In most of the cases in which the onset of symptoms was immediately after birth, early tracheal intubation and mechanical ventilation contributed to greater air retention in the affected lung, urgent intervention being therefore required. In such cases, some authors have suggested the use of high-frequency ventilation,( 23 ) selective intubation,( 24 ) or endoscopic decompression of the emphysematous lobe( 25 ) for preoperative and perioperative optimization. In cases in which the onset of symptoms is after the sixth month of life or in oligosymptomatic patients, conservative treatment is an option and has been widely discussed in the literature.( 26 ) However, attention should be paid to deterioration of respiratory function leading to urgent interventions.

Regarding the affected lobes, our findings were consistent with those reported in the literature. However, the proportion of lower lobe involvement was higher in our case series than in other case series. In 2 cases, more than one lobe was affected. In both cases, the upper right and middle lobes in the right hemithorax were affected. This facilitated the surgical approach–as previously discussed by other authors( 15 , 22 )–which would have been more difficult had there been bilateral involvement.( 27 ) Some authors have reported that the symptoms are more intense when there is upper lobe involvement than when there is middle lobe involvement.( 15 , 16 , 22 ) However, no such difference was found in our sample of patients.

Although CLE has been shown to be significantly associated with cardiac malformations, we found no cardiac malformations in our sample. Our screening for cardiac malformations was carried out exclusively by echocardiography and chest CT because cardiac catheterization and cineangiography( 28 ) seemed extremely invasive and unnecessary.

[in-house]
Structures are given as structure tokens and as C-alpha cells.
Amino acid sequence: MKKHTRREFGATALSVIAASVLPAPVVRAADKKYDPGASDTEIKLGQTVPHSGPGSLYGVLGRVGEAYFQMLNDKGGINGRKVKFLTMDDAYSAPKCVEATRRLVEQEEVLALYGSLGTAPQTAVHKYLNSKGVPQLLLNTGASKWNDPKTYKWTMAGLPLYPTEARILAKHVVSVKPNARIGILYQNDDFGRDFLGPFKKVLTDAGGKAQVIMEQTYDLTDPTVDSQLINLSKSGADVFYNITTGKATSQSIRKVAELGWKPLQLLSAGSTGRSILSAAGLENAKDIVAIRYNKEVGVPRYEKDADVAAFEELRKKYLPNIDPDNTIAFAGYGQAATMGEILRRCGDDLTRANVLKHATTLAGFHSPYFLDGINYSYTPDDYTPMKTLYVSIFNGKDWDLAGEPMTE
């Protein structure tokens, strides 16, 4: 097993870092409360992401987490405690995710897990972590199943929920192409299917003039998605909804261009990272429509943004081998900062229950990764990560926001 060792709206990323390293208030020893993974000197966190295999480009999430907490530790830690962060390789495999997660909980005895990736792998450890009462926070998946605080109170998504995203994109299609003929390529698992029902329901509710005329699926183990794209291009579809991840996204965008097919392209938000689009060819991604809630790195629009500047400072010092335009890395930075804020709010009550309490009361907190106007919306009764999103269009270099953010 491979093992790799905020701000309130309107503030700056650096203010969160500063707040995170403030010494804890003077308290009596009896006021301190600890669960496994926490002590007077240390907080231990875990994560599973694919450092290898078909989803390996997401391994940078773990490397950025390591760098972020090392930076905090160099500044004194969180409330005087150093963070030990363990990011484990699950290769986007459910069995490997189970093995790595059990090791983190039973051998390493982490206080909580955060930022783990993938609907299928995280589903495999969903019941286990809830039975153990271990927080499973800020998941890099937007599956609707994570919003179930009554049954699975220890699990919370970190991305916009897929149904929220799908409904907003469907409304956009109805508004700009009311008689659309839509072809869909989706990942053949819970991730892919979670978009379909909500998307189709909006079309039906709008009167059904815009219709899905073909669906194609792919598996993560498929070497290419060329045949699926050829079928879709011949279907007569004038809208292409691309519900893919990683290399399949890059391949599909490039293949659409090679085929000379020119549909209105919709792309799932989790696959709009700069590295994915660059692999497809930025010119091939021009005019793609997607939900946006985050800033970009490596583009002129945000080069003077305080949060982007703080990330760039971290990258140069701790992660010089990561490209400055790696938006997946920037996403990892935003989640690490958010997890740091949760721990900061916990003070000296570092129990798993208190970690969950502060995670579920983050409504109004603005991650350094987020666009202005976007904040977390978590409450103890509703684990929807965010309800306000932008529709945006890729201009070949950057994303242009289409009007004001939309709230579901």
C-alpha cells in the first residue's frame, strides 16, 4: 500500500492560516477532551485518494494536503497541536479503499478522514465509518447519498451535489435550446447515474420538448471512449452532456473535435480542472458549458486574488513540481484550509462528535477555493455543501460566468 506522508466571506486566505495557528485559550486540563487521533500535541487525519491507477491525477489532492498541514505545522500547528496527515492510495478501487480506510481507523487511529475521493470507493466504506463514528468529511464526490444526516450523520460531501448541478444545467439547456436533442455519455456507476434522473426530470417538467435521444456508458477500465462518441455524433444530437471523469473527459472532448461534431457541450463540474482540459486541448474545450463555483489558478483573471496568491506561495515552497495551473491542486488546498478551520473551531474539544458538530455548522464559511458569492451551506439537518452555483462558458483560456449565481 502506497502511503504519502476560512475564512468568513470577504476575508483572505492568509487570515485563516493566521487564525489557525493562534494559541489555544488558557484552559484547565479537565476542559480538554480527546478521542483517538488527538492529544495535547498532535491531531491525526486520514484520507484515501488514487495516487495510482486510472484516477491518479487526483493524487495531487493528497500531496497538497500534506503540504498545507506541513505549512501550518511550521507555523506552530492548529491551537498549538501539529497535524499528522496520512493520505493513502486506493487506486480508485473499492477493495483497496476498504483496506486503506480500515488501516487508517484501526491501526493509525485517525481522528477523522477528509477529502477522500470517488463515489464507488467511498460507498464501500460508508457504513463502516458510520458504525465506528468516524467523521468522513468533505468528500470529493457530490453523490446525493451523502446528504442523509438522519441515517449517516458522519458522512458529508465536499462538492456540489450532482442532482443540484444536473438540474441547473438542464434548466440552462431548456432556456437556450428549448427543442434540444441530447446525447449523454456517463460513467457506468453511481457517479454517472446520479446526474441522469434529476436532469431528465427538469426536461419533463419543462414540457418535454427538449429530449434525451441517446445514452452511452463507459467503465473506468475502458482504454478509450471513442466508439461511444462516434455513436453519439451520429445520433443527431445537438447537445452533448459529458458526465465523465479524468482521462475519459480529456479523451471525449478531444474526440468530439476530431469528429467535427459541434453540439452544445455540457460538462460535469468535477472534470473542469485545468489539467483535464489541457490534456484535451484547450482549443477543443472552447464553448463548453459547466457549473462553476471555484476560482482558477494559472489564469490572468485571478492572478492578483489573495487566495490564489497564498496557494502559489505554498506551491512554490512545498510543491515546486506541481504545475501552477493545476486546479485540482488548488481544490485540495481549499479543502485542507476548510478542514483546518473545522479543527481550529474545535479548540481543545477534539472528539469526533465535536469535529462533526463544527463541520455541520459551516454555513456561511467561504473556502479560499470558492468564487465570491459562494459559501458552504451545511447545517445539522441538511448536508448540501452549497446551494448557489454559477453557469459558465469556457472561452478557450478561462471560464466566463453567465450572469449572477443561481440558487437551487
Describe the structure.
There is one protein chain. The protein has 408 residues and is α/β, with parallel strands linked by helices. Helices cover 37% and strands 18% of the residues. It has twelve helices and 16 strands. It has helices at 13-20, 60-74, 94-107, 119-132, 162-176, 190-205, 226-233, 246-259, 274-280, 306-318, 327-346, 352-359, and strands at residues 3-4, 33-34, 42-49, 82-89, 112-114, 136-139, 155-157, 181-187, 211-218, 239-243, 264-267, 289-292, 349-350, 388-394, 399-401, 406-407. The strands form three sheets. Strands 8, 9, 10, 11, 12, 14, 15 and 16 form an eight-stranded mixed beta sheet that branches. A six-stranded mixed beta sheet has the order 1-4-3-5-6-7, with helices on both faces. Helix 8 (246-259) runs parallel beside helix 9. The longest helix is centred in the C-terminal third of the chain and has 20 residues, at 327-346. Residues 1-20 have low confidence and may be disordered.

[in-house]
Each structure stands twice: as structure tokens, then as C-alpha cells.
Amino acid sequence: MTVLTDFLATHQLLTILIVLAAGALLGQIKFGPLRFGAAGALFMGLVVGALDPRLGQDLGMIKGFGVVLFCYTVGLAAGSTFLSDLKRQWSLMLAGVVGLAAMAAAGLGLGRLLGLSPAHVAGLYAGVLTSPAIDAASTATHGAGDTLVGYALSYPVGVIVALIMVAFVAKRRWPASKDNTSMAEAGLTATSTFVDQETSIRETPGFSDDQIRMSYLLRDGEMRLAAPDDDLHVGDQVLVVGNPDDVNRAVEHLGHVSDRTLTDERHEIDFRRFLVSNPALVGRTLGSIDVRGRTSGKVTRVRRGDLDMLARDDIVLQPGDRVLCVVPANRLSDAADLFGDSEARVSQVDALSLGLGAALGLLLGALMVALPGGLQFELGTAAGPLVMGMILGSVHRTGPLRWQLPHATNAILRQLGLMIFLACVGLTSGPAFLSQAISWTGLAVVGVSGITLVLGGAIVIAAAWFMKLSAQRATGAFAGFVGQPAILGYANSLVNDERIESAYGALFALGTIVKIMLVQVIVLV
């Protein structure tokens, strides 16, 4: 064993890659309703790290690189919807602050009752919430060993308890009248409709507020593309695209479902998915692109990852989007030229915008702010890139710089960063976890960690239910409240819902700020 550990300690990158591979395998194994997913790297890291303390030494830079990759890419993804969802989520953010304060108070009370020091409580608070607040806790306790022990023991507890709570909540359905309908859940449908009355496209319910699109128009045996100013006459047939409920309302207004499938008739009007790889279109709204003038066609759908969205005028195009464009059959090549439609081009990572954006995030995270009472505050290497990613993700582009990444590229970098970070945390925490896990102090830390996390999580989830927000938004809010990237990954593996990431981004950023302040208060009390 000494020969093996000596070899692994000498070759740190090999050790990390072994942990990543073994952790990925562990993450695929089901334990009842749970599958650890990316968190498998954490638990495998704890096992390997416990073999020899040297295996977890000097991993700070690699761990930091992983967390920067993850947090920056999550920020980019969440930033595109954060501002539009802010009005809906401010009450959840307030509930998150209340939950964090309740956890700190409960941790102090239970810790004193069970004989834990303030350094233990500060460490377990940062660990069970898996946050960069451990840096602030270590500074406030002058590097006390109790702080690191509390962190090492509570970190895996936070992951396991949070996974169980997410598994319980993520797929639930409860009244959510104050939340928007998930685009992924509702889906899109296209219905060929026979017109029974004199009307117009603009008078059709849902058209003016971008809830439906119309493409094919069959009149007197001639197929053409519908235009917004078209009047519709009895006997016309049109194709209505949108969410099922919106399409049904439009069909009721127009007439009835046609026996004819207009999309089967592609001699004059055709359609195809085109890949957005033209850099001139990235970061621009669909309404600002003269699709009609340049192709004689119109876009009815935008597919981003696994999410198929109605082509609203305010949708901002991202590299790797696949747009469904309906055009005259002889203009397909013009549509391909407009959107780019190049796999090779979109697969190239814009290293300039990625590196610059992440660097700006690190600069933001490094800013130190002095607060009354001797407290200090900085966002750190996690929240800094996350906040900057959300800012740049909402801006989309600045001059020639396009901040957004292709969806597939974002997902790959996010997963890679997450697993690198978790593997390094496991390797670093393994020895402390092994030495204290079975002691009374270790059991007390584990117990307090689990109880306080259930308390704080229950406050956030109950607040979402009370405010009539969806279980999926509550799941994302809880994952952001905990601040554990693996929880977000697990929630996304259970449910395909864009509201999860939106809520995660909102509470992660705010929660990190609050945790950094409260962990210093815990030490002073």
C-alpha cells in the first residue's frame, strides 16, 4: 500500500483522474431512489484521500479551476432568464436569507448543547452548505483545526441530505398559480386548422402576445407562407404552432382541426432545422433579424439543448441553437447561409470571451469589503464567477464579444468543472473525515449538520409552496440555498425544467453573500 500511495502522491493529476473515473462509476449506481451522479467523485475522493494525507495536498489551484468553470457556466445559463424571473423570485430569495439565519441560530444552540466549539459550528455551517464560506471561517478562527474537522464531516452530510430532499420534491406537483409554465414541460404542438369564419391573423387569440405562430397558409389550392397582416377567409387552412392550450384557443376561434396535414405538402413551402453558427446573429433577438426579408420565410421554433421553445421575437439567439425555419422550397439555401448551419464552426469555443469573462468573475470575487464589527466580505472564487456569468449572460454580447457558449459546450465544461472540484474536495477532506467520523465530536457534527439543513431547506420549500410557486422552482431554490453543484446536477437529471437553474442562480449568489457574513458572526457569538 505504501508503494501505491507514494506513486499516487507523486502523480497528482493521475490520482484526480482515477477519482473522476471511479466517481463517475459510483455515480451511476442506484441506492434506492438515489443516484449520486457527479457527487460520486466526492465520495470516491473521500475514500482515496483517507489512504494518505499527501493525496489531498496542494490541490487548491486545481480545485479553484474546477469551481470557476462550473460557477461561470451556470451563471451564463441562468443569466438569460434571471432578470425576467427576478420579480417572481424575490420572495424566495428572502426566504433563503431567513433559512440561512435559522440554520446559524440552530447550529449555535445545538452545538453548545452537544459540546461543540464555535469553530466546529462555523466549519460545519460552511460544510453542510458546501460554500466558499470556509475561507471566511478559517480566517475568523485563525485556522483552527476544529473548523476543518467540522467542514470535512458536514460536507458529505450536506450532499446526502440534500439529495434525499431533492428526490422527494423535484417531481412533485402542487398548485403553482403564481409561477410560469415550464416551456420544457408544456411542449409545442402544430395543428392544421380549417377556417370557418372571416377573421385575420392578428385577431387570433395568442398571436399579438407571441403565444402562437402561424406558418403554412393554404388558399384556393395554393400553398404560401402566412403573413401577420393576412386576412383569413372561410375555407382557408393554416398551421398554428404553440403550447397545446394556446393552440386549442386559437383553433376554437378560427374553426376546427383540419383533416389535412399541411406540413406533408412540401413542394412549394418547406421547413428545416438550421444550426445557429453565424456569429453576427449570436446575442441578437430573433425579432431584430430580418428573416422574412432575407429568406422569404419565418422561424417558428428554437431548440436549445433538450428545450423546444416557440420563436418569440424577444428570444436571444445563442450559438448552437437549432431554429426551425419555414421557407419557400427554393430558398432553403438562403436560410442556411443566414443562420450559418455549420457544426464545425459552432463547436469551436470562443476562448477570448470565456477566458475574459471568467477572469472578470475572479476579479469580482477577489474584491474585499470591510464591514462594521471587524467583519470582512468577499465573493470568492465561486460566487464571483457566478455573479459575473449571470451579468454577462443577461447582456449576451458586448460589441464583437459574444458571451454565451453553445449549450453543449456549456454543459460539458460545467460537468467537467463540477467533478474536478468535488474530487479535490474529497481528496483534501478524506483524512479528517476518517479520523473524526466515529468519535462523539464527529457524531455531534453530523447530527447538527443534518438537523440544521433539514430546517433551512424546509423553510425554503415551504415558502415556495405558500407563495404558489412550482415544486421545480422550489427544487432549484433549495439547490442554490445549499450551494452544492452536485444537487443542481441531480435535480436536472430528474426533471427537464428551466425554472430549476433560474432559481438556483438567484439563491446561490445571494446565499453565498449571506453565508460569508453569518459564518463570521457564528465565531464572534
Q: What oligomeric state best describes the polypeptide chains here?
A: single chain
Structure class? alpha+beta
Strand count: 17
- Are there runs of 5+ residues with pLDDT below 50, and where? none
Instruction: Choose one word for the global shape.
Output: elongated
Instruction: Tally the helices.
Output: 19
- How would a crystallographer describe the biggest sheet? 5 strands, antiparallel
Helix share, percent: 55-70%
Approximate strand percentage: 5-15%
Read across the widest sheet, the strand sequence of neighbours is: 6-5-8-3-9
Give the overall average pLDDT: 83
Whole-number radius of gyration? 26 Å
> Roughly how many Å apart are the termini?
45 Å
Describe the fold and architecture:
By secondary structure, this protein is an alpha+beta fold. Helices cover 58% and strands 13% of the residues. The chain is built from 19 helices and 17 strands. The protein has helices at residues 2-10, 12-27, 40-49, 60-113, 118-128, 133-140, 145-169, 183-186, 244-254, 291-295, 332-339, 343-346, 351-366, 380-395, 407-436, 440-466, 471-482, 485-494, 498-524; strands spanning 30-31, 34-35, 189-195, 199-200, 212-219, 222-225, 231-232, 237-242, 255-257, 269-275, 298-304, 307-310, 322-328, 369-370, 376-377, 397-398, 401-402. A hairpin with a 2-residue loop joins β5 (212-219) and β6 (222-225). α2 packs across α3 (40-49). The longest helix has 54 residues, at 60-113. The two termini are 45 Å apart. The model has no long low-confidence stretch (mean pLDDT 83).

The intraoperative period is generally made difficult by mechanical ventilation and the use of inhaled anesthetics, such as nitric oxide, which can increase the retention of air in the affected lobe, increasing hyperinflation during the entire procedure and making ventilation and surgical manipulation even more difficult.( 8 ) However, the literature shows that the surgical treatment of CLE is safe, the morbidity and mortality from the procedure being low in most studies.( 2 , 17 , 18 ) In our case series, all of the procedures were successful and the surgical approach was lateral muscle-sparing thoracotomy followed by the affected lung being pulled out of the pleural cavity in order to facilitate ventilation. The use of video-assisted thoracoscopic lobectomy( 29 ) for congenital lung malformations has been reported in the literature; however, this surgical approach is difficult in patients with CLE because the pleural cavity is mostly occupied by the affected lobe (which generally remains inflated), and this makes it difficult to create a pneumothorax with the purpose of creating a virtual cavity. Although pain or the cosmetic appearance of the chest wall can justify the use of video-assisted thoracoscopy, none of our patients had such complications.